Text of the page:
The Centers for Disease Control and Prevention (CDC) and the Kenya Medical Research Institute (KEMRI) have had a long-standing research and public health collaboration in Kenya, dating back to 1979, when a malaria research field station was established in western Kenya. Our scope of work has grown over the past decade to include HIV, emerging infections, and tuberculosis. Our operation has expanded from our western Kenya base to include clinical and demographic research in a Nairobi informal settlement (slum) area and implementation and evaluation of public health programs throughout the country. CDC-Kenya now has > 20 American staff and > 800 Kenyan staff. Ongoing research includes such diverse activities as a phase III rotavirus vaccine trial, malaria prevention and transmission reduction research, population-based surveillance for emerging infectious diseases, evaluation of impact of zinc therapy on severity, sequelae and incidence of severe diarrheal disease, prevention of mother-to-child transmission of HIV, and an HIV incidence cohort study to prepare for an HIV vaccine trial.
The post-election violence that shook Kenya in January and February of this year has, not surprisingly, also affected our work. The base of operations for our research in western Kenya is Kisumu City in Nyanza Province and in Nairobi is the Kibera informal settlement, both areas particularly affected by the recent chaos in the country. There were no deaths or serious injuries among our staff. However, nearly all suffered a loss, whether the death or injury of a friend or family member, the loss of property, or the loss of ability to move freely from homes and workplaces. At least 40 staff had to relocate from western Kenya to other parts of the country because of threats to their personal safety on the basis of their ethnic background. A few have returned to Kisumu, but some have not and likely will not. Until recently, some staff members in Nairobi were unable to return to work full time in the Kibera informal settlement because of personal risks brought on by ethnic tensions in the area. In late January, eight American researchers and their families in Kisumu were temporarily relocated to Nairobi, although in the past few weeks a limited number have been allowed to return to Kisumu for several days at a time.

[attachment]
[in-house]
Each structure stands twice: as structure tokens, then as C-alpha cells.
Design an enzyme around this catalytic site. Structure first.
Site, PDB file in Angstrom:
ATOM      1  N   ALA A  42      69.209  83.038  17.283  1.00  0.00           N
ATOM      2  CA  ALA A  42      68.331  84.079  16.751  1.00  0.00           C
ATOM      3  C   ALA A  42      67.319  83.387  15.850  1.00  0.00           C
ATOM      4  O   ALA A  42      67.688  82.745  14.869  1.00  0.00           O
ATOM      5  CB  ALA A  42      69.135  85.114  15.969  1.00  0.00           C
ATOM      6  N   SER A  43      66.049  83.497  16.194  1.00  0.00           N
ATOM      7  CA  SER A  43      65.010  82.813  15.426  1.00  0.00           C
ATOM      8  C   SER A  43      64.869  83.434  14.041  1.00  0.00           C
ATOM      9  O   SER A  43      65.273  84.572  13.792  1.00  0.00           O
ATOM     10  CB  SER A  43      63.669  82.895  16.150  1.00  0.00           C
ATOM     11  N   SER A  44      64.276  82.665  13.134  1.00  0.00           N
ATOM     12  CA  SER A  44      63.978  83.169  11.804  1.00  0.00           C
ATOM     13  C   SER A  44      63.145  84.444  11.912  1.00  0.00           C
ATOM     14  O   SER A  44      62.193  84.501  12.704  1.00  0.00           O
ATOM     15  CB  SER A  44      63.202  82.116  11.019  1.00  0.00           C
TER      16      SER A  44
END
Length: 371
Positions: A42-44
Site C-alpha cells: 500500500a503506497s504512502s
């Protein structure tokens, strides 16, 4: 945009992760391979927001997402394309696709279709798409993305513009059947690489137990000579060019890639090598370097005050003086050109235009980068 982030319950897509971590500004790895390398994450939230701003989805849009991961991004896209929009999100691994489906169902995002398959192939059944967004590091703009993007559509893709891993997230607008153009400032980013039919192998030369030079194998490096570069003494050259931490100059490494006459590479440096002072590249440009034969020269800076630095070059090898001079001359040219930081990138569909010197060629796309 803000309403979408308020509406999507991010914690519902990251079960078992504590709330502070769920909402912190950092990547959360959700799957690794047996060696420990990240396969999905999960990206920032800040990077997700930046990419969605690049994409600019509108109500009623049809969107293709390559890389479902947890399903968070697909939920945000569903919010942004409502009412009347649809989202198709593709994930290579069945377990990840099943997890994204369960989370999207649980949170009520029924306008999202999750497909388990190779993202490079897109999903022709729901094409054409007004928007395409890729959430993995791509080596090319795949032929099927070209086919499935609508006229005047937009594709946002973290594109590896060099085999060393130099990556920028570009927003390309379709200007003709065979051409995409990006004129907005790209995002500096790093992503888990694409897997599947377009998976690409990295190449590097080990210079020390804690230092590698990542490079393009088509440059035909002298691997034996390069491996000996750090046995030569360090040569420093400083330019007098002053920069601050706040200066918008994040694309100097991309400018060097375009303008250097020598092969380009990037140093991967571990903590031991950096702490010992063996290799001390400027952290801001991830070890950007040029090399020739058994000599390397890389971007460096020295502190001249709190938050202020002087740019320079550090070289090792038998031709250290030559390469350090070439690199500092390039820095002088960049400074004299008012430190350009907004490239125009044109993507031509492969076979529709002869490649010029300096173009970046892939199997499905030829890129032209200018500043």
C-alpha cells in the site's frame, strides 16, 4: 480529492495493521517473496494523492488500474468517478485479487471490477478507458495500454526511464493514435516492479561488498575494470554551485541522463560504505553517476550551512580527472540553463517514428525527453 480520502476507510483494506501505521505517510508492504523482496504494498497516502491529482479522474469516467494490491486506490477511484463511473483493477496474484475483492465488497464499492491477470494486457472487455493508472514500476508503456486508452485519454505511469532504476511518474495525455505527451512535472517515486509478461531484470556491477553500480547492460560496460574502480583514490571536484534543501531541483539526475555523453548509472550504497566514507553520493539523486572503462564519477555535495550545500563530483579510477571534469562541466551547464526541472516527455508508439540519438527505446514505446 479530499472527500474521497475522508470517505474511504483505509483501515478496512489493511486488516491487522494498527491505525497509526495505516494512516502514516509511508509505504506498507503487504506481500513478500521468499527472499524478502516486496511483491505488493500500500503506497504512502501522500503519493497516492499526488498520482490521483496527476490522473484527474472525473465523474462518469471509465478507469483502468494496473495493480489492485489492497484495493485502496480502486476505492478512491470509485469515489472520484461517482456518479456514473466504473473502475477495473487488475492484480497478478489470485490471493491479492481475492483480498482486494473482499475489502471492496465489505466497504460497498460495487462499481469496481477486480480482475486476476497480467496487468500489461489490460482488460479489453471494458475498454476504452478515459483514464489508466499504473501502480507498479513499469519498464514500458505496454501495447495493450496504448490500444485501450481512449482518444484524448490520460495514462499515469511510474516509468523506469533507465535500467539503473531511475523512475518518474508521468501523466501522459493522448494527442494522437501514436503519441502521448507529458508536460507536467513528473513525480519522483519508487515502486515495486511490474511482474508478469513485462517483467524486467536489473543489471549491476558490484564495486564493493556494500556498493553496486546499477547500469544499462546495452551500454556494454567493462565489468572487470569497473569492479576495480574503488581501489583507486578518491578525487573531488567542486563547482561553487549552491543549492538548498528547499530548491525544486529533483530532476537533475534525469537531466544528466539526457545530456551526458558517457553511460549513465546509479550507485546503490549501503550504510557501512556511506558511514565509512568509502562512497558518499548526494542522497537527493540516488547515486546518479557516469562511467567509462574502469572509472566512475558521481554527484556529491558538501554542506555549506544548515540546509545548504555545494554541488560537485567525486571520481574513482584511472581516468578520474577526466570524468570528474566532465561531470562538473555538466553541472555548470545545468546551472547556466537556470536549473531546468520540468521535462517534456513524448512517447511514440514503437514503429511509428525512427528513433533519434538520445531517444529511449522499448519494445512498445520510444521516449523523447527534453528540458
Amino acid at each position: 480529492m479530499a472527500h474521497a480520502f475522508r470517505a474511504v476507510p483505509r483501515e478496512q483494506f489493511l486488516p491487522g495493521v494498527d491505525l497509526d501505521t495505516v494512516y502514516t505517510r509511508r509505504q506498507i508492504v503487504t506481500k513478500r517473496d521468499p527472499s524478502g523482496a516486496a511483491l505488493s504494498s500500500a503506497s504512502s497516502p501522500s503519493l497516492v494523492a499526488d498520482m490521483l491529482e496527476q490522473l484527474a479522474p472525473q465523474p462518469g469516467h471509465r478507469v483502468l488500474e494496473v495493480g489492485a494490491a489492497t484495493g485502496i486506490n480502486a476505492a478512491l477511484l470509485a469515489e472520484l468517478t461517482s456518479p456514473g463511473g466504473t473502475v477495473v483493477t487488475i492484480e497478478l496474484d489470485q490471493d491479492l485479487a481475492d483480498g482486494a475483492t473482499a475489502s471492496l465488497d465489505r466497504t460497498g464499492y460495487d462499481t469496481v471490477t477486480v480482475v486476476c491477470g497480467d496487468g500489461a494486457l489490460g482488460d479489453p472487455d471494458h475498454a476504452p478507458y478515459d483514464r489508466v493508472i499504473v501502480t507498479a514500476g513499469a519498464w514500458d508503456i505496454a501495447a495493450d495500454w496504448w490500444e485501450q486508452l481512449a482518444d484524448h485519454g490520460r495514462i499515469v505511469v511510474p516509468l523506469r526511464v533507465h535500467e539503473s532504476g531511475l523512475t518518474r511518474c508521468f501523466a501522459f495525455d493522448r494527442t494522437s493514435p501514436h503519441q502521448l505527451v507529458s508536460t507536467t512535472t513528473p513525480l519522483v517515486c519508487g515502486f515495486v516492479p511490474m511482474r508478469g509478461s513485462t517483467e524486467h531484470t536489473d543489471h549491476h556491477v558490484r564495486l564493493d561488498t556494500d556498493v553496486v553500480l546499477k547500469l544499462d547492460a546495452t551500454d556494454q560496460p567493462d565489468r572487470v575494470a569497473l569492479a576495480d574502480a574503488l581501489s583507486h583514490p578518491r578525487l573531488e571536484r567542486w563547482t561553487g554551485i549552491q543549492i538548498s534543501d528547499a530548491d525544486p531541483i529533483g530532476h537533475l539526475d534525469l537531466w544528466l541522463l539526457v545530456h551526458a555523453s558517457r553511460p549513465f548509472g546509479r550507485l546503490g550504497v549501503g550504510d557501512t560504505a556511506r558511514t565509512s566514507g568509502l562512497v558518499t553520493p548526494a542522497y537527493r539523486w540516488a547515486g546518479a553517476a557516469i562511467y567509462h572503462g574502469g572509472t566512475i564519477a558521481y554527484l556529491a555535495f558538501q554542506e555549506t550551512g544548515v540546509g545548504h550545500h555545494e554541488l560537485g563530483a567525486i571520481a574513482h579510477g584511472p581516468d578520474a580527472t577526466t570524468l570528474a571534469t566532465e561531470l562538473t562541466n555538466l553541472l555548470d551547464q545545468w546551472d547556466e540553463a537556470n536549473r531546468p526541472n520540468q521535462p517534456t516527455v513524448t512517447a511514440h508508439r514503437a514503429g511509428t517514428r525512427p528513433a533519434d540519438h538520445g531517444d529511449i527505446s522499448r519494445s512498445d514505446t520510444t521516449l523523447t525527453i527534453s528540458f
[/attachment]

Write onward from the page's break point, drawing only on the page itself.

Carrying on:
Amid the disruptions and difficulties, there were numerous examples of staff performing heroically. One nurse and a clinical officer stood firm to keep a mission hospital open when other health facilities in the area, including the district hospital, had shut down. Many clinical staff volunteered at the Nyanza Provincial Hospital, which was severely understaffed in the post-election disruptions because doctors, nurses, and laboratory technologists were unable to return to their work stations. The KEMRI-CDC collaboration joined Red Cross International and other partners to provide medical care and trauma counseling in medical camps in Nyanza Province. Clinical staff in Nairobi tended to internally displaced persons in a city park.
By now most of our staff have returned to work. They mourn the losses, the fracturing, the barbarity, and the injustices Kenya experienced over the past months. Throughout this chaotic period, almost all our field projects and research continued to operate, sometimes haltingly, maneuvering around the disruptions of “mass action” days, spontaneous protests, scarcity of supplies, and staff relocations. Staff living in rural field sites continued working, despite disruptions in Kisumu City. During this period, we have had to carefully balance the need to keep critical research and programs functioning, while assuring that in doing so the safety of our staff is not jeopardized.
It is possible that the health impact of Kenyas chaos could ’ linger well beyond a political rapprochement. We may see increases in mental illness, substance abuse, and unemployment in response to the violence, which may lead to new public health challenges for the country. Disruptions in food supply, immunizations, medications, and health services could affect people’s health for months, and perhaps years, to come. For example, the national malaria control program, which had made notable progress over the past 5 years, now faces the challenge of delivering life-saving antimalarial drugs and long-lasting insecticide-treated bednets in a country where the roads are far less secure. Gains in HIV care and prevention may also have been compromised. An undisrupted supply of drugs and reliable access to clinical care are essential for the health of the 180,000 HIV-infected people receiving antiretroviral therapy. The influx of tens of thousands of internally displaced people to areas of the country already struggling with ongoing public health challenges, such as malaria and HIV, could place an unsustainable weight of health needs on an already fragile public health infrastructure. In addition, future research collaborations and their associated gains in capacity building for the country could be limited by reluctance of research partners to locate projects in Kenya.
Now that the political crisis seems to be resolving, our attention can fully turn to restoring the normal operations of our diversified public health portfolio, including focusing on exciting new projects that were scheduled to begin shortly after the elections, such as preparations for malaria, tuberculosis, and HIV vaccine trials, studies of transmission of pathogens from animals to humans, and home-based HIV testing within our surveillance areas. In addition to our ongoing work, one of our new objectives as a public health organization will be to evaluate the public health impact of the post-election violence and to respond to what may become lasting public health problems in Kenya.